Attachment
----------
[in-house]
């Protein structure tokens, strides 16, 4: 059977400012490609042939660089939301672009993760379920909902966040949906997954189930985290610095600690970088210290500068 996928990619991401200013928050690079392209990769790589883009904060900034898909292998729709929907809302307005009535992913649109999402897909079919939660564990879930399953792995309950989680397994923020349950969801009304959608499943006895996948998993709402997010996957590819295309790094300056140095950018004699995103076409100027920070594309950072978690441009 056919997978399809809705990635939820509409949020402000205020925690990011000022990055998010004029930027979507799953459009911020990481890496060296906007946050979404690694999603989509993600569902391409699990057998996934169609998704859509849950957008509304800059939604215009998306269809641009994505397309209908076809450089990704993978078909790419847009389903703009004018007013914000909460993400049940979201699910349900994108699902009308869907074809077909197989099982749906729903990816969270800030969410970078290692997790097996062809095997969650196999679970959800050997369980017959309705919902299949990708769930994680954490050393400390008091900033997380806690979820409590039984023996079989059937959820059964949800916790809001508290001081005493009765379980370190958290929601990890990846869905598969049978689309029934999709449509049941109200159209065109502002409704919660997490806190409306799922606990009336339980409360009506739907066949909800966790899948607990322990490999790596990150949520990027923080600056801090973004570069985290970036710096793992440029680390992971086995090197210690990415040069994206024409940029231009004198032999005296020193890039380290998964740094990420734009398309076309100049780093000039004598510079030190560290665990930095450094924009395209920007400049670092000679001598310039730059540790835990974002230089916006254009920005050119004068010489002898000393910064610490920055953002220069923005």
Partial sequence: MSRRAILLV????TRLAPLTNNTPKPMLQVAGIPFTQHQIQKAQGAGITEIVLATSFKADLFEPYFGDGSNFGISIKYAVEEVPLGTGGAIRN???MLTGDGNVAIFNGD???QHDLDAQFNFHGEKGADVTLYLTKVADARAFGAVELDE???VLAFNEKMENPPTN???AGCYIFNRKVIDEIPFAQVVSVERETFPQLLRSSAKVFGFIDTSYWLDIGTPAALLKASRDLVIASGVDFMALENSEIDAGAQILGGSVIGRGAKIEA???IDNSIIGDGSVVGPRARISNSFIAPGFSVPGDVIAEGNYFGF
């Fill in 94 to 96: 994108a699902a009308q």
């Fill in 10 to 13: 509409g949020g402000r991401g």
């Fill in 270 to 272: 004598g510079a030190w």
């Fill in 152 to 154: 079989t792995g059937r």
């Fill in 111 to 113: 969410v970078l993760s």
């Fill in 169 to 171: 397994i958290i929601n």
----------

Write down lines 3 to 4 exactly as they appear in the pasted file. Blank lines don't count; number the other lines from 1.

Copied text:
Partial sequence: MSRRAILLV????TRLAPLTNNTPKPMLQVAGIPFTQHQIQKAQGAGITEIVLATSFKADLFEPYFGDGSNFGISIKYAVEEVPLGTGGAIRN???MLTGDGNVAIFNGD???QHDLDAQFNFHGEKGADVTLYLTKVADARAFGAVELDE???VLAFNEKMENPPTN???AGCYIFNRKVIDEIPFAQVVSVERETFPQLLRSSAKVFGFIDTSYWLDIGTPAALLKASRDLVIASGVDFMALENSEIDAGAQILGGSVIGRGAKIEA???IDNSIIGDGSVVGPRARISNSFIAPGFSVPGDVIAEGNYFGF
């Fill in 94 to 96: 994108a699902a009308q």